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% File src/library/base/man/Comparison.Rd
% Part of the R package, http://www.R-project.org
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% Copyright 1995-2009 R Core Team
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% Distributed under GPL 2 or later

\name{Comparison}
\alias{<}
\alias{<=}
\alias{==}
\alias{!=}
\alias{>=}
\alias{>}
\alias{Comparison}
\alias{collation}
\title{Relational Operators}
\description{
  Binary operators which allow the comparison of values in atomic vectors.
}
\usage{
x < y
x > y
x <= y
x >= y
x == y
x != y
}
\arguments{
  \item{x, y}{atomic vectors, symbols, calls, or other objects for which
    methods have been written.}
}
\details{
  The binary comparison operators are generic functions: methods can be
  written for them individually or via the
  \code{\link[=S3groupGeneric]{Ops}}) group generic function.  (See
  \code{\link[=S3groupGeneric]{Ops}} for how dispatch is computed.)

  Comparison of strings in character vectors is lexicographic within the
  strings using the collating sequence of the locale in use: see
  \code{\link{locales}}.  The collating sequence of locales such as
  \samp{en_US} is normally different from \samp{C} (which should use
  ASCII) and can be surprising.  Beware of making \emph{any} assumptions
  about the collation order: e.g. in Estonian \code{Z} comes between
  \code{S} and \code{T}, and collation is not necessarily
  character-by-character -- in Danish \code{aa} sorts as a single
  letter, after \code{z}.  In Welsh \code{ng} may or may not be a single
  sorting unit: if it is it follows \code{g}.  Some platforms may
  not respect the locale and always sort in numerical order of the bytes
  in an 8-bit locale, or in Unicode point order for a UTF-8 locale (and
  may not sort in the same order for the same language in different
  character sets).  Collation of non-letters (spaces, punctuation signs,
  hyphens, fractions and so on) is even more problematic.
  
  Character strings can be compared  with different marked encodings
  (see \code{\link{Encoding}}): they are translated to UTF-8 before
  comparison.

  At least one of \code{x} and \code{y} must be an atomic vector, but if
  the other is a list \R attempts to coerce it to the type of the atomic
  vector: this will succeed if the list is made up of elements of length
  one that can be coerced to the correct type.

  If the two arguments are atomic vectors of different types, one is
  coerced to the type of the other, the (decreasing) order of precedence
  being character, complex, numeric, integer, logical and raw.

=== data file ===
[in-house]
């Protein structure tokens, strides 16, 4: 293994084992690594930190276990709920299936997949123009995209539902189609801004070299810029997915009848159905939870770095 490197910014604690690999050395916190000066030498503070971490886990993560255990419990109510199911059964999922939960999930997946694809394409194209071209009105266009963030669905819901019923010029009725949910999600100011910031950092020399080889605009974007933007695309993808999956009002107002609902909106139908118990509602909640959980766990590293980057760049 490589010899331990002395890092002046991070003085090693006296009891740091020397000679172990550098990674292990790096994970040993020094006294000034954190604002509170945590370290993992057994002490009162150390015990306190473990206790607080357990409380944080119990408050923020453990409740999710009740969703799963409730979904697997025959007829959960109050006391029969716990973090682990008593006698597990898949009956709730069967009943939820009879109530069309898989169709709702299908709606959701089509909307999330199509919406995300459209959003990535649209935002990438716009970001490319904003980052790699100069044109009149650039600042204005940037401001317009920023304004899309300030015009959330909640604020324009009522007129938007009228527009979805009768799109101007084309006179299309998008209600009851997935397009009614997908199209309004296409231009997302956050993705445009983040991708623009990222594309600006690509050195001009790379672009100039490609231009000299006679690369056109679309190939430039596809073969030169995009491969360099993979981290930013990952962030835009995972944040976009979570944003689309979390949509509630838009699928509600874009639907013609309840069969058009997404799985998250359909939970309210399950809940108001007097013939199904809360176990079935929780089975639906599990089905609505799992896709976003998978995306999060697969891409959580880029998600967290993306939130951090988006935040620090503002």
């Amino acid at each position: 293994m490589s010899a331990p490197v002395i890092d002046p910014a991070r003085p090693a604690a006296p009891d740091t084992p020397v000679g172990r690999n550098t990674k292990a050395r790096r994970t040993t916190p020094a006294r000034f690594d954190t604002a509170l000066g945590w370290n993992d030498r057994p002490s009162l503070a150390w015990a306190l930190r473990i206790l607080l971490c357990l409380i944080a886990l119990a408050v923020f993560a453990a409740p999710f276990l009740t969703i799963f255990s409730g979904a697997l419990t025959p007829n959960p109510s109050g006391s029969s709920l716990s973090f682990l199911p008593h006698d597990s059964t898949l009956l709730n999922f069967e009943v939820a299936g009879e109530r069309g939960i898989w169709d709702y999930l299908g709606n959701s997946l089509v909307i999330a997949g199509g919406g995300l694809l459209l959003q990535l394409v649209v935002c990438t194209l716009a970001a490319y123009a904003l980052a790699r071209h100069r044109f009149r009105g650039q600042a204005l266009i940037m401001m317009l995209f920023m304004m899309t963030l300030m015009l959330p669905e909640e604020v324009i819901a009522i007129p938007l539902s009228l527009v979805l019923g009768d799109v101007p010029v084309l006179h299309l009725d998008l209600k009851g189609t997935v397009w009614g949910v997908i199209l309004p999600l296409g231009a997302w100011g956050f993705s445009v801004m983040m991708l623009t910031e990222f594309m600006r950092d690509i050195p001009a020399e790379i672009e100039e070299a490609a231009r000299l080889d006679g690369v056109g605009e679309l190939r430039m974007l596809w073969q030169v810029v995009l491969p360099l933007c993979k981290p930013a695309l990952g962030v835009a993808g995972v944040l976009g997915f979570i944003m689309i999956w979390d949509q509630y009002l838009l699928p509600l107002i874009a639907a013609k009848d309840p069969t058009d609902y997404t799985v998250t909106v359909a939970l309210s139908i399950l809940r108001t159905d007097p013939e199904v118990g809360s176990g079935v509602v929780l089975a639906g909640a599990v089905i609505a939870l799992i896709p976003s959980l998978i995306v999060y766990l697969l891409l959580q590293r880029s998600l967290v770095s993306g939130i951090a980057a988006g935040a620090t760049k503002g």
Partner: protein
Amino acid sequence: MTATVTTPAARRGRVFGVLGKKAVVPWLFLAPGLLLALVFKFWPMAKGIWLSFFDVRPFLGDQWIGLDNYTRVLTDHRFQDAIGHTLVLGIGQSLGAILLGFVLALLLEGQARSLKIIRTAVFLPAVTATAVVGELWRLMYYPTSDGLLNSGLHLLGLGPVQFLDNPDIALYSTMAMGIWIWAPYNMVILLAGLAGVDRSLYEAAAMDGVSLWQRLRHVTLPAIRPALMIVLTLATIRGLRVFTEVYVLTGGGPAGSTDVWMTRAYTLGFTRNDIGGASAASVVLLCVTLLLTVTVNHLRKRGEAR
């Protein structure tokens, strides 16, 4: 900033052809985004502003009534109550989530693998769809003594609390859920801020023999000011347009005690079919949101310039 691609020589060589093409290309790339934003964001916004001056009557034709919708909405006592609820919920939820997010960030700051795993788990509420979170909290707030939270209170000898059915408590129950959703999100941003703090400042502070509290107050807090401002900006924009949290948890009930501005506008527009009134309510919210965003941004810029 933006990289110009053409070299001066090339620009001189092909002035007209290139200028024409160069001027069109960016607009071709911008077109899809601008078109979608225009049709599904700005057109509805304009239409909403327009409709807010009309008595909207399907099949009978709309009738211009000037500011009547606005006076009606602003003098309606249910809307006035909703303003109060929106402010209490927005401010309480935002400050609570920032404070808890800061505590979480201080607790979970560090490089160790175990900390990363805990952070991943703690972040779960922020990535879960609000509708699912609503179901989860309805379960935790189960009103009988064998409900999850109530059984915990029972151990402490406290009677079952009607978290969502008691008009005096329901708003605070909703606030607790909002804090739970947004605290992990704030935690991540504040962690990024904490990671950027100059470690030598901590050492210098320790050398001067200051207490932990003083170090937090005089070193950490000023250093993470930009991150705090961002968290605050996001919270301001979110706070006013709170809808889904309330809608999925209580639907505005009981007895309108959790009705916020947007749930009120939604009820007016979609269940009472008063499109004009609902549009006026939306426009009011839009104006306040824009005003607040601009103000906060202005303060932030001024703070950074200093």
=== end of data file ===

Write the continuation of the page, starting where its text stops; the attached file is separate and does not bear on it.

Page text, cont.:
Missing values (\code{\link{NA}}) and \code{\link{NaN}} values are
  regarded as non-comparable even to themselves, so comparisons
  involving them will always result in \code{NA}.  Missing values can
  also result when character strings are compared and one is not valid
  in the current collation locale. 

  Language objects such as symbols and calls are deparsed to
  character strings before comparison.
}
\value{
  A logical vector indicating the result of the element by element
  comparison.  The elements of shorter vectors are recycled as
  necessary.

  Objects such as arrays or time-series can be compared this way
  provided they are conformable.
}
\note{
  Do not use \code{==} and \code{!=} for tests, such as in \code{if}
  expressions, where you must get a single \code{TRUE} or
  \code{FALSE}.  Unless you are absolutely sure that nothing unusual
  can happen, you should use the \code{\link{identical}} function
  instead.

  For numerical and complex values, remember \code{==} and \code{!=} do
  not allow for the finite representation of fractions, nor for rounding
  error.  Using \code{\link{all.equal}} with \code{identical} is almost
  always preferable.  See the examples.
}
\section{S4 methods}{
  These operators are members of the S4 \code{\link{Compare}} group generic,
  and so methods can be written for them individually as well as for the
  group generic (or the \code{Ops} group generic), with arguments
  \code{c(e1, e2)}.
}
\references{
  Becker, R. A., Chambers, J. M. and Wilks, A. R. (1988)
  \emph{The New S Language}.
  Wadsworth & Brooks/Cole.

  Collation of character strings is a complex topic.  For an
  introduction see
  \url{http://en.wikipedia.org/wiki/Collating_sequence}.  The
  \emph{Unicode Collation Algorithm}
  (\url{http://unicode.org/reports/tr10/}) is likely to be increasingly
  influential.  Where available \R makes use of ICU
  (\url{http://site.icu-project.org/} for collation.
}
\seealso{
  \code{\link{factor}} for the behaviour with factor arguments.
  
  \code{\link{Syntax}} for operator precedence.

  \code{\link{icuSetCollate}} to tune the string collation algorithm
  when ICU is in use.
}
\examples{
x <- stats::rnorm(20)
x < 1
x[x > 0]

x1 <- 0.5 - 0.3
x2 <- 0.3 - 0.1
x1 == x2                           # FALSE on most machines
identical(all.equal(x1, x2), TRUE) # TRUE everywhere

\donttest{
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# range of most 8-bit charsets, as well as of Latin-1 in Unicode
z <- c(32:126, 160:255)
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x <- if(l10n_info()$MBCS) {
    intToUtf8(z, multiple = TRUE)
} else rawToChar(as.raw(z), multiple= TRUE)
## by number
writeLines(strwrap(paste(x, collapse=" "), width = 60))
## by locale collation
writeLines(strwrap(paste(sort(x), collapse=" "), width = 60))
}}
\keyword{logic}